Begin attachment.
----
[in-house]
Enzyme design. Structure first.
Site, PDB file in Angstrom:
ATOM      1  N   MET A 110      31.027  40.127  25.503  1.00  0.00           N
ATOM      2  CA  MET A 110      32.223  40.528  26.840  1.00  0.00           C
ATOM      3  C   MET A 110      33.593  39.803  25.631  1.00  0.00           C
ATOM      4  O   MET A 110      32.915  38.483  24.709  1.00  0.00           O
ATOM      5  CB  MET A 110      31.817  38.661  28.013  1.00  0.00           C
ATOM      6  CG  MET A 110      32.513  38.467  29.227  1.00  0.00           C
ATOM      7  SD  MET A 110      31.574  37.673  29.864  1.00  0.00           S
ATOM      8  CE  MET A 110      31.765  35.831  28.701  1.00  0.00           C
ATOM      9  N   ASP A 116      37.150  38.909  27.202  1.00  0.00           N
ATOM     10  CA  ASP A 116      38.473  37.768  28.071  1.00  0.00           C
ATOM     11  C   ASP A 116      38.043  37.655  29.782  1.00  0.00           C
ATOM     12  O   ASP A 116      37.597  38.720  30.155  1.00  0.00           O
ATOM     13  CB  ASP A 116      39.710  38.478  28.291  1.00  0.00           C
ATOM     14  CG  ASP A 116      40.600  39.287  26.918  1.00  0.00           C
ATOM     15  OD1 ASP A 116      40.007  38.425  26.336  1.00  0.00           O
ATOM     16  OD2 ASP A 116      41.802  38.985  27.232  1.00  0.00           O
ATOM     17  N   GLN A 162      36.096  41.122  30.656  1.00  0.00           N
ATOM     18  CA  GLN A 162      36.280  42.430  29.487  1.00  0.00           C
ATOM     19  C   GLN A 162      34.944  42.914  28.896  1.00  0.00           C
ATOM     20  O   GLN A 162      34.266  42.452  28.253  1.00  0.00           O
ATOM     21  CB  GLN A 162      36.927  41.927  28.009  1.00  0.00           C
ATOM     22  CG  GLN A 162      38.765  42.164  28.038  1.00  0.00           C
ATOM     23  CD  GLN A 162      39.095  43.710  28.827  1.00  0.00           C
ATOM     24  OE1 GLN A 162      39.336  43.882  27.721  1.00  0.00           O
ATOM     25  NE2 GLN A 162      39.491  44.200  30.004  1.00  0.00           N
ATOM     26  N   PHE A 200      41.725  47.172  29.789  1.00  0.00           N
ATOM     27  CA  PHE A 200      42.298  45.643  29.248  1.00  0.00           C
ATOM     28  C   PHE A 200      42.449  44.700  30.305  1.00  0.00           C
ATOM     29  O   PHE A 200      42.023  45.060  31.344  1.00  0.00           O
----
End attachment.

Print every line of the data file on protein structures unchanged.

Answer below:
[in-house]
Enzyme design. Structure first.
Site, PDB file in Angstrom:
ATOM      1  N   MET A 110      31.027  40.127  25.503  1.00  0.00           N
ATOM      2  CA  MET A 110      32.223  40.528  26.840  1.00  0.00           C
ATOM      3  C   MET A 110      33.593  39.803  25.631  1.00  0.00           C
ATOM      4  O   MET A 110      32.915  38.483  24.709  1.00  0.00           O
ATOM      5  CB  MET A 110      31.817  38.661  28.013  1.00  0.00           C
ATOM      6  CG  MET A 110      32.513  38.467  29.227  1.00  0.00           C
ATOM      7  SD  MET A 110      31.574  37.673  29.864  1.00  0.00           S
ATOM      8  CE  MET A 110      31.765  35.831  28.701  1.00  0.00           C
ATOM      9  N   ASP A 116      37.150  38.909  27.202  1.00  0.00           N
ATOM     10  CA  ASP A 116      38.473  37.768  28.071  1.00  0.00           C
ATOM     11  C   ASP A 116      38.043  37.655  29.782  1.00  0.00           C
ATOM     12  O   ASP A 116      37.597  38.720  30.155  1.00  0.00           O
ATOM     13  CB  ASP A 116      39.710  38.478  28.291  1.00  0.00           C
ATOM     14  CG  ASP A 116      40.600  39.287  26.918  1.00  0.00           C
ATOM     15  OD1 ASP A 116      40.007  38.425  26.336  1.00  0.00           O
ATOM     16  OD2 ASP A 116      41.802  38.985  27.232  1.00  0.00           O
ATOM     17  N   GLN A 162      36.096  41.122  30.656  1.00  0.00           N
ATOM     18  CA  GLN A 162      36.280  42.430  29.487  1.00  0.00           C
ATOM     19  C   GLN A 162      34.944  42.914  28.896  1.00  0.00           C
ATOM     20  O   GLN A 162      34.266  42.452  28.253  1.00  0.00           O
ATOM     21  CB  GLN A 162      36.927  41.927  28.009  1.00  0.00           C
ATOM     22  CG  GLN A 162      38.765  42.164  28.038  1.00  0.00           C
ATOM     23  CD  GLN A 162      39.095  43.710  28.827  1.00  0.00           C
ATOM     24  OE1 GLN A 162      39.336  43.882  27.721  1.00  0.00           O
ATOM     25  NE2 GLN A 162      39.491  44.200  30.004  1.00  0.00           N
ATOM     26  N   PHE A 200      41.725  47.172  29.789  1.00  0.00           N
ATOM     27  CA  PHE A 200      42.298  45.643  29.248  1.00  0.00           C
ATOM     28  C   PHE A 200      42.449  44.700  30.305  1.00  0.00           C
ATOM     29  O   PHE A 200      42.023  45.060  31.344  1.00  0.00           O